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Easy for pro-abortionists to “win” debate when they caricature pro-life arguments and misleadingly represent their own

by | Dec 11, 2014


By Dave Andrusko

Adam Gopnik

Adam Gopnik

I had not seen Adam Gopnik’s “Arguing Abortion,” which ran in the New Yorker, until National Review Senior Editor Ramesh Ponnuru posted on it (“How not to argue about abortion.”

Since you can read Ramesh’s very thoughtful rebuttal and Gopnik’s nasty here-there-and-everywhere diatribe against pro-lifers, let me offer a few comments.

Ironically, the first time I ever mentioned Mr. Gopnik (as far as I can tell) was way back in 1999. I was commenting about “An American Bed-time Story” (about baseball), which was about what he telling his son while the family lived in Paris.

But Gopnik begins to wonder what words and idioms such as “all the way to the backstop” or “Polo Grounds” or “He had all day” can mean to a child living in Paris, who has never picked up a glove, or watched a game on television, let alone actually played baseball? “What did he think, what did he see when he heard these [clichés]?”

But, in fact, his made-up story about baseball does evince a powerful reaction in his son, Luke. Happy that he can share this quintessentially America lore with his boy, Gopnik observes, “Sometimes the words fly right over the fence and all the way out to the feelings.”

As I wrote at the time, “The power of words wrapped in love and shared with someone we care about is hard to overstate.”

Why do I mention this? Two reasons. First, because Gopnik can write so much better than the drivel he dished n the recent New Yorker—as evidenced by his 1999 piece for the New Yorker.

And second, unlike the lovely lore he used to build a bond with his son, the imaginary pro-lifers Gopnik conjures up are merely strawmen into whose mouths (and heads) he pours the most utter nonsense.

So, what to say about “Arguing Abortion”? First, “arguing” should be understood the way “criticism” used to be understood. It is not to erect bogeymen so as to make it easy to dismiss their claims. Arguing/criticizing should first acknowledge a point of view’s legitimate strengths before showing where it is (if it is) flawed.

Instead Gopnik trolls in the same intellectual marshes pro-abortionists have for decades, all of which combine sophistry with misdirection and contempt for pro-lifers. Ponnuru points out many of them. Here’s one that addresses several of Gopnik’s sleight of hand musings:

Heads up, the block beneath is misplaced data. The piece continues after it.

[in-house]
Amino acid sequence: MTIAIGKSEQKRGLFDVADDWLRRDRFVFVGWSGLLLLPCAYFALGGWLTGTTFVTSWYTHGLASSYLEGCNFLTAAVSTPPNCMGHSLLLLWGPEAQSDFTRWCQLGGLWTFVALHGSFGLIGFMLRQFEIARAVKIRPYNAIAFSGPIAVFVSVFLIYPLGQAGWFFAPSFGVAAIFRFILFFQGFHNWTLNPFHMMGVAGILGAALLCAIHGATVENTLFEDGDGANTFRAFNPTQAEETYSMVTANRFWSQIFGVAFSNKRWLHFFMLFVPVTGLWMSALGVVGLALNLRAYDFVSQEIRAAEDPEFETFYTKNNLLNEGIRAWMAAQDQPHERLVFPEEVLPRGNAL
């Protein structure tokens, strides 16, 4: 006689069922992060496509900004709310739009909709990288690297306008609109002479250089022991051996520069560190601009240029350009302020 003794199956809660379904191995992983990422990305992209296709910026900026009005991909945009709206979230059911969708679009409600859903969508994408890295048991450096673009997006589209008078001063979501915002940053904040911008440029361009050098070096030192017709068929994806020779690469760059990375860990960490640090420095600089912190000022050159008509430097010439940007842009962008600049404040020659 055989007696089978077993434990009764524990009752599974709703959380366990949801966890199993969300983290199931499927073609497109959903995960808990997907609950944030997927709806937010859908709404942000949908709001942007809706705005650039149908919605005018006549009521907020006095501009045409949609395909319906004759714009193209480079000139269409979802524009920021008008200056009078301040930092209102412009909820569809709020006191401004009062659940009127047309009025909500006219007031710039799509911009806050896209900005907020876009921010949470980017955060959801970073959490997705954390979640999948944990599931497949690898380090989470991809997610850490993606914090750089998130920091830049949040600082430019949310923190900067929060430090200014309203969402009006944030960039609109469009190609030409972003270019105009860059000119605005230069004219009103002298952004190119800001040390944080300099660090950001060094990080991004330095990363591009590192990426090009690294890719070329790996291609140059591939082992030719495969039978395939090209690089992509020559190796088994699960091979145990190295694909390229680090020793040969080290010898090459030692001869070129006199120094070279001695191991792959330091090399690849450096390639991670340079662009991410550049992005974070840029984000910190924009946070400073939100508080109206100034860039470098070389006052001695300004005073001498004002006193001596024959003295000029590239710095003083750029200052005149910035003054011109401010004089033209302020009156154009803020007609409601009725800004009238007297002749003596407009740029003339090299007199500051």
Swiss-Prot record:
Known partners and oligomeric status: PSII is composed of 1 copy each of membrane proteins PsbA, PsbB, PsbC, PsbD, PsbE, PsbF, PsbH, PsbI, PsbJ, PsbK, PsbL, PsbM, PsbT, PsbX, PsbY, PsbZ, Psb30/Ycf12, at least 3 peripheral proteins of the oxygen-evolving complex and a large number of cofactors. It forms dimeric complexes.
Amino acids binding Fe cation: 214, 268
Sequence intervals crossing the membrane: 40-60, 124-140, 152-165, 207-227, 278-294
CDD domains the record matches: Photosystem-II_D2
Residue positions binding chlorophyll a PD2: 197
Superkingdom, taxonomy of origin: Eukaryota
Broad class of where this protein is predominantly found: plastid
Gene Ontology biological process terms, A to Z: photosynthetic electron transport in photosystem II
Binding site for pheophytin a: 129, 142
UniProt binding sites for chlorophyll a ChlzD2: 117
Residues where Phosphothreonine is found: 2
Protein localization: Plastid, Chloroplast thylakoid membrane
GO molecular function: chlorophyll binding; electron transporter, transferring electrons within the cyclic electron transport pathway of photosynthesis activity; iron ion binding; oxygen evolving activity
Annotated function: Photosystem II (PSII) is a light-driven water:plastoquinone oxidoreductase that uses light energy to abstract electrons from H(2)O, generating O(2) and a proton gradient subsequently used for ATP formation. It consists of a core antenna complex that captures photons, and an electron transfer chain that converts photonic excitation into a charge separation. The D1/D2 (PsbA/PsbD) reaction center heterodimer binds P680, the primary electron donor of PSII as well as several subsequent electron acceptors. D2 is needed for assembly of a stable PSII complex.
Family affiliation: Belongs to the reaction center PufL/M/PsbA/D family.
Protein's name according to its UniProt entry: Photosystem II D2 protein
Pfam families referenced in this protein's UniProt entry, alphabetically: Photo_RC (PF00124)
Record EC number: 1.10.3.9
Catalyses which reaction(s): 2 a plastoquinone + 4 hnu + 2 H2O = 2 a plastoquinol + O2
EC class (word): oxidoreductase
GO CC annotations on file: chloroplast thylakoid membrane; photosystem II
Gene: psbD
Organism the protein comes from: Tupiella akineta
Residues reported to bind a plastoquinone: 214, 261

It is either dishonest or ignorant to claim that the pro-life argument is “that an embryo is a person because it contains the DNA of a potential person,” and then to refute this straw man by noting that every human cell contains DNA. Every pro-lifer who has ever given any thought to the matter or expressed a view on it acknowledges, indeed proclaims, the difference between a human organism and a human cell that is not a human organism. And the fact that what Gopnik calls “fertilized eggs” often die naturally does not have any logical bearing on whether it is morally permissible to act with the intention of bringing about their deaths, any more than the fact that many 90-year-olds die naturally implies that it is all right to kill them.

Here is one other consideration, which again, to his credit, Ponnuru points the spotlight on.

Pro-abortionists, such as Gopnik, like to think they have painted pro-lifers into a corner because we don’t come to the same conclusions he says must follow from a (fill-in-the-blank) premise.

So, our argument, according to Gopnik, is that if we allow abortion, infanticide inevitably follows. Let’s think about that for a moment.

Click here to read the December issue of
National Right to Life News,
the “pro-life newspaper of record.”

As Ponnuru observes, “Note that with all this verbiage we still have not actually come across a distinction between abortion and infanticide, other than that we want to allow the former and forbid the latter.”

(Gopnik does not condemn infanticide in so many words; as a matter of charity, Ponnuru assumes Gopnik does. So much for intellectual rigor on Gopnik’s part.)

But the pro-life perspective has always been clear-cut and open to critique but also to experience.

We maintain that the logic of privacy and autonomy and the use of a sliding scale which makes for gradations in human value are inherently expansionary. If the value the unborn child’s life is only what is imputed to him or her by their mother, there can be no limit on abortion through the end of pregnancy.

Once the child has left the womb, she or he is still not safe. What’s the big difference, especially if (as we heard with “after-birth abortions”) the child comes not with a bow of perfection wrapped around her head but with disabilities?

Had the parent known that, she could have legally aborted the baby in the womb—in utero. Why not “terminate” her life legally outside the womb—ex utero? She still can’t fend for herself and (as Peter Singer has so often argued) everyone will be “better” off it the family “starts over.”

You get the point. The onus is on the Gopniks of this world to demonstrate the principle by which born babies are safe from the grasp of the logic that brought us abortion on demand and over 56 million dead babies.

Guess what? He can’t.

Categories: Media Bias